Building a Fixed Gear/Single Speed
The fixed gear/single speed trend is the most visible trend to take off in the bike world over the past decade. Fixed gears are usually altered track bikes and are traditionally used by bike messengers, but now also used as stunt bikes or even commuters. Single speeds are bikes in their most minimal form, with one gear, a freewheel, and some brakes. Pretty much any type of frame can be built up as a single speed.
Fixed gear bikes do not allow the rider to coast, at all. The rear gear is "fixed" to the hub. When the pedal turns, the wheel turns—and vice versa. This allows for a variety of tricks, as well as unique ride feel. Ask any fixed gear rider: "it feels like your body is one with the bike!" Fixed gear rides are also popular with racers in the off season; putting in miles on a fixed gear is good for muscle memory (but hard on the knees).
Single speeds are a bit more practical than a standard fixed gear. Single speed bikes are generally cheaper than standard road bikes, as they lack spendy drivetrain components, and easier to maintain. Single speeds are great for commuting and recreational riders.
A track frame is the preferred choice when building a fixed gear bike. Track frames feature horizontal rear dropouts that allow for a wide range of chain tension adjustment. By contrast, new road frames rely on the rear derailleur to tension the chain. When a derailleur is not used, the rear wheel must be positioned to provide adequate chain tension, which is difficult with a road bike's vertical dropouts. Road frames with vertical dropouts can be built up as fixed gear/single speeds, but finding correct chain tension will be a bit more difficult. Older road frames, though, are often equipped with forward facing horizontal dropouts, which also provide a great deal of chain tension adjustment, are are great choices for single speed builds.
Track frames are also designed for very quick handling. Forks usually have ~35mm of rake, bottom brackets are positioned higher, and wheelbases tend to be relatively short.
Single speed and urban fixed gear riders generally use platform pedals, sometimes with toe clips. Toe clips require toe straps, which are a cyclist's version of duct tape. They can be used for much more than just securing your feet.
Track racers tend to use standard road pedals, with the tension set as high as it will go.
Fixed gear bikes rely on purpose-built wheelsets with a gear "fixed" to the hub. Fixed gear wheelsets usually utilize 120mm wide hubs and are built without dish: the front and rear wheels are both built symmetrically around the hubs. Track wheels utilize a track cog on the rear wheel which simply threads on to the hub and is secured by a lockring.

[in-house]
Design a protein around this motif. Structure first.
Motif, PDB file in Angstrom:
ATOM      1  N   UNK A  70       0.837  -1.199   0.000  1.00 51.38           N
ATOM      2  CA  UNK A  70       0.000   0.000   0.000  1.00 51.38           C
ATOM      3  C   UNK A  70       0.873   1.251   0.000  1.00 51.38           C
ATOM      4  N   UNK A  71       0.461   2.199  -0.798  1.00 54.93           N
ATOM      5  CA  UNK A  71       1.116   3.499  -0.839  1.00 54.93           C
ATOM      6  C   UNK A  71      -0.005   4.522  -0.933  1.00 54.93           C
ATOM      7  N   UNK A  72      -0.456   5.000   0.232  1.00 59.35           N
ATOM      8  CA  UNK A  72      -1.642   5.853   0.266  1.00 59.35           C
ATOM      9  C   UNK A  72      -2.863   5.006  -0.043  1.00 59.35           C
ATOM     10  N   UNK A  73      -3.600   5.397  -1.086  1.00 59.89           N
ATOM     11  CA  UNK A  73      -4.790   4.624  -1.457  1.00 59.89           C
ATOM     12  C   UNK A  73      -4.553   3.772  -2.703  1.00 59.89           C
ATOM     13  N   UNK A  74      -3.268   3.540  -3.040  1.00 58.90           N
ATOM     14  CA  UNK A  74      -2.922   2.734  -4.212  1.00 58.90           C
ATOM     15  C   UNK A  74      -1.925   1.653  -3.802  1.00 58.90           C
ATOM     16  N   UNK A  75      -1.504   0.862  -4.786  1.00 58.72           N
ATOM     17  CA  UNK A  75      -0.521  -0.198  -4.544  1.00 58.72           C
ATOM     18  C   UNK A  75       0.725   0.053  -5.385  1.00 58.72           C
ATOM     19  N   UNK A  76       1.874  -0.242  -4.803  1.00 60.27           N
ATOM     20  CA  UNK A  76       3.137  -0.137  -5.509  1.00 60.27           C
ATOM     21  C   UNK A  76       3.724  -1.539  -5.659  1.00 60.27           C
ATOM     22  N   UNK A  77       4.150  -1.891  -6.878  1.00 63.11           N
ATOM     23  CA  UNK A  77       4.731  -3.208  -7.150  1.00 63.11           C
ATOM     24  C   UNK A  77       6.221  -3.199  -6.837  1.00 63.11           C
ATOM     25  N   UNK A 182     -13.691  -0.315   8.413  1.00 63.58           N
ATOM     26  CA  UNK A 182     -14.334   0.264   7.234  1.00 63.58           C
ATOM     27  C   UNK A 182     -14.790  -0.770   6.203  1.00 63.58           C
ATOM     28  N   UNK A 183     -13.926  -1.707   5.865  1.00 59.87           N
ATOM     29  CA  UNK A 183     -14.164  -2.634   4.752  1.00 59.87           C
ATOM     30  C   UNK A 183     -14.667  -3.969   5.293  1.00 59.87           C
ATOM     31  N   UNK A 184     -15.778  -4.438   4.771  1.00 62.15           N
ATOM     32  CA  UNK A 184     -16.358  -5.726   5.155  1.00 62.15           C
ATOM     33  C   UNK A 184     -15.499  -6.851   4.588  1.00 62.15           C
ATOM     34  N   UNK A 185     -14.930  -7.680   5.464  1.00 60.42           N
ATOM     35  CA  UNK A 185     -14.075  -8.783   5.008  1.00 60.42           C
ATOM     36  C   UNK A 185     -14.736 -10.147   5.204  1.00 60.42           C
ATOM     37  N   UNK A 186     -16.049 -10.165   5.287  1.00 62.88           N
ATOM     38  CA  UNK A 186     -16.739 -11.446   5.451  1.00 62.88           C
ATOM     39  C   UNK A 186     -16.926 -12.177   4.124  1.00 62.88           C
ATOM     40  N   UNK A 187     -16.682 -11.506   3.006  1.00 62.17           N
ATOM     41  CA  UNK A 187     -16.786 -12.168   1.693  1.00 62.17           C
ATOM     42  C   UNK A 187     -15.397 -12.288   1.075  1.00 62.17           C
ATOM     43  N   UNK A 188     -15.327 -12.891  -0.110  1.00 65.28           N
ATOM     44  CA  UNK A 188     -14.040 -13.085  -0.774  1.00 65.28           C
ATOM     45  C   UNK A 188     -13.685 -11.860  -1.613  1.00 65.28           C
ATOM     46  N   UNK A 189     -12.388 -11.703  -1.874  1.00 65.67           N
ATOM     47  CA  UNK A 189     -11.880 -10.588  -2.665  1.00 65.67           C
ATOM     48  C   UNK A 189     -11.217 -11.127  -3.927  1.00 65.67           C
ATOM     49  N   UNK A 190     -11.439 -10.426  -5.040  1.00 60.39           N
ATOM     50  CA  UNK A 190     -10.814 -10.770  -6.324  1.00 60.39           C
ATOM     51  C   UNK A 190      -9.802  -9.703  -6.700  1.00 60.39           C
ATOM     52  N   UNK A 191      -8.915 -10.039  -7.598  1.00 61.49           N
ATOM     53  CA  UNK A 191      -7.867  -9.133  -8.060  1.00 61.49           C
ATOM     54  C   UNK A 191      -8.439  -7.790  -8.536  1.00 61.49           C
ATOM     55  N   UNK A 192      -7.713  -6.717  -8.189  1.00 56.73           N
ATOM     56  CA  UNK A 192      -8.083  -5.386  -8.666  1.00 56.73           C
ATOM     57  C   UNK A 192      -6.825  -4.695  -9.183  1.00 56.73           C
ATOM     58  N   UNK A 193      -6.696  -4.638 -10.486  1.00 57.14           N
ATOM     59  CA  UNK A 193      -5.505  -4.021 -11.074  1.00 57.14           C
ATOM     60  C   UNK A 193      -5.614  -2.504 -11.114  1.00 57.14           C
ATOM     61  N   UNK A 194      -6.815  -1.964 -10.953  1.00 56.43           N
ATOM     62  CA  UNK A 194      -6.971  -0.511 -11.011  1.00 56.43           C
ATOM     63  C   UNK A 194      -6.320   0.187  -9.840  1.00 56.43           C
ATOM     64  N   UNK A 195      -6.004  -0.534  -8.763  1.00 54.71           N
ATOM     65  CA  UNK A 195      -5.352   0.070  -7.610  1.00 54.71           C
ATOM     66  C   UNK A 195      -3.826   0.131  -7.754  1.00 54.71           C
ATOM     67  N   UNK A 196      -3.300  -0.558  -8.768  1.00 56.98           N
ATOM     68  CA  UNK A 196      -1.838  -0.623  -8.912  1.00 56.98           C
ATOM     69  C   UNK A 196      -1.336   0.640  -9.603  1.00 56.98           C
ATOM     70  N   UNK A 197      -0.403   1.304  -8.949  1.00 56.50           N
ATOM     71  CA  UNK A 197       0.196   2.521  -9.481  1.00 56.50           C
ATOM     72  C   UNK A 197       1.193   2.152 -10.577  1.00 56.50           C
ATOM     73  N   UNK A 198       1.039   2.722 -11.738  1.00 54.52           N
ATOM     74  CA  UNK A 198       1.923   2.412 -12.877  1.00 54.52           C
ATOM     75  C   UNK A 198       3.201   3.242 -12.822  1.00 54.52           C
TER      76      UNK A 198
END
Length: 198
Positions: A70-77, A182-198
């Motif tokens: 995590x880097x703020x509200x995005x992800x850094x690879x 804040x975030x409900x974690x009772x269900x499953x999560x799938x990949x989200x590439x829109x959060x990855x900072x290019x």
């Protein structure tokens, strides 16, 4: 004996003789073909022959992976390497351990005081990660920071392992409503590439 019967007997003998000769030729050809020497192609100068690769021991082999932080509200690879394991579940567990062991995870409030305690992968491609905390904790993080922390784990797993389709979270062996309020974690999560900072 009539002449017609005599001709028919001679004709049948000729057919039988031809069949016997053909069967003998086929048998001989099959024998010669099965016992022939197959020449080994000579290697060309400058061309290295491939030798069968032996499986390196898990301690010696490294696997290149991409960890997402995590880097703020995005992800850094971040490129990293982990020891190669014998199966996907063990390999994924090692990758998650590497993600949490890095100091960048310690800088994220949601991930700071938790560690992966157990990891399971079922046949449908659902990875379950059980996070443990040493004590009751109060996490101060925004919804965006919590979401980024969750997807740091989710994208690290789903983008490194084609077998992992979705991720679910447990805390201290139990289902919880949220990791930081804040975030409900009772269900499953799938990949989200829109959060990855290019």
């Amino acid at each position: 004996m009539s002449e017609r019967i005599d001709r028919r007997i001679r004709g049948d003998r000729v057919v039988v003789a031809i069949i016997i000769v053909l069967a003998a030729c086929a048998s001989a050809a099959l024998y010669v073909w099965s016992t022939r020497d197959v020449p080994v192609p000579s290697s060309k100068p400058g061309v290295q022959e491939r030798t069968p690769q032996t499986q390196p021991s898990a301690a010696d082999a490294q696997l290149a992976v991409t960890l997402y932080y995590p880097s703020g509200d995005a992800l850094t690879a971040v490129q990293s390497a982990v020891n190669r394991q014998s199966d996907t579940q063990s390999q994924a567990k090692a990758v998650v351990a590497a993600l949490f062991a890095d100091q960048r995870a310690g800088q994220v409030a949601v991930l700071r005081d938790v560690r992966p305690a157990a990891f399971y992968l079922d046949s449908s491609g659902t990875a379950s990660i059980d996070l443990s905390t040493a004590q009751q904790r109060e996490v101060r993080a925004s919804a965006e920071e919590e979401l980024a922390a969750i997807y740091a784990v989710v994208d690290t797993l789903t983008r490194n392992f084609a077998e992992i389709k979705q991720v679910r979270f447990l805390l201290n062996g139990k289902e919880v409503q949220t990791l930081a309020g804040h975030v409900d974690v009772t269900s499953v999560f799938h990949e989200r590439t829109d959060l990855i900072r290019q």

With the rise in the popularity of fixed gear bikes, we see more and more standard road hubs that have been altered to accommodate a fixed gear. This is by no means safe, and can lead to catastrophic failure. Road wheels are not built to handle tension pushing both ways, as a track wheel requires, nor will they provide a proper chain line.
Wheels for a single speed are an easier proposition. Track wheelsets with a freewheel (or a flip-flop hub) are ideal for single speeds, but regular road wheels with a single rear cog are perfectly adequate. Spacers can be used on the freehub of a road wheelset to provide an adequate chain line.
Components for either fixed gear or single speed bikes are the fun part, because there aren't very many you have to worry about. Standard handlebars and stems can be used with either, and since you don't have to worry about accommodating shift levers, you've got lots of options. Track-specific handlebars have deep drops for the real sprinters. They are not designed to accommodate brake levers.
Standard road cranksets are easily converted for use with single and fixed gear bikes. Standard double cranks will have no problem running a single chainring. A 42 tooth is a good size for most terrain. There are also track-specific cranksets available. Track cranks utilize a 1/8 in. drive and have much bigger gears that are best suited for velodrome use. When shopping for chainrings, remember to consider your crank's BCD (bolt circle diameter). Road cranks typically have a BCD of 130mm (or 110 if you're using a compact); track cranks have a 144mm BCD.
When shopping for track components, it's important to note that, unlike road parts, track components are built with only strength and stiffness in mind. Velodromes do not go uphill, so saving weight anywhere but the wheelset is generally not a big issue in track racing.
Purist fixed gear riders often prefer to ride without brakes. Brakeless riding is an enjoyable skill that requires riders learn to see the road, preserve momentum and choose good lines. It is also EXTREMELY DANGEROUS, and not particularly practical for day-to-day riding. While many riders feel perfectly comfortable cruising along sans-brakes, they are woefully unprepared for the car up ahead that unexpectedly blows a stop sign, or that person who opens her door into the bike-lane without looking over her shoulder.
Therefore, if a fixed gear bike is your chosen means of two-wheeled transport, a front brake is essential. Look for a caliper brake with plenty of stopping power that will accommodate your frame and fork set-up. Running a brake doesn't mean you have to sacrifice the clean lines of your fixie; brake levers are available that will provide stopping power and a subtle appearance. Single speeds handle best with brakes on the front and rear.
Whether your riding style includes match sprints or sick wheelies, our staff at WesternBikeworks.com is experienced on city streets and the velodrome. Feel free to contact us at firstname.lastname@example.org or 1-800-651-4050 with any questions about building up your dream urban ride, single or fixed.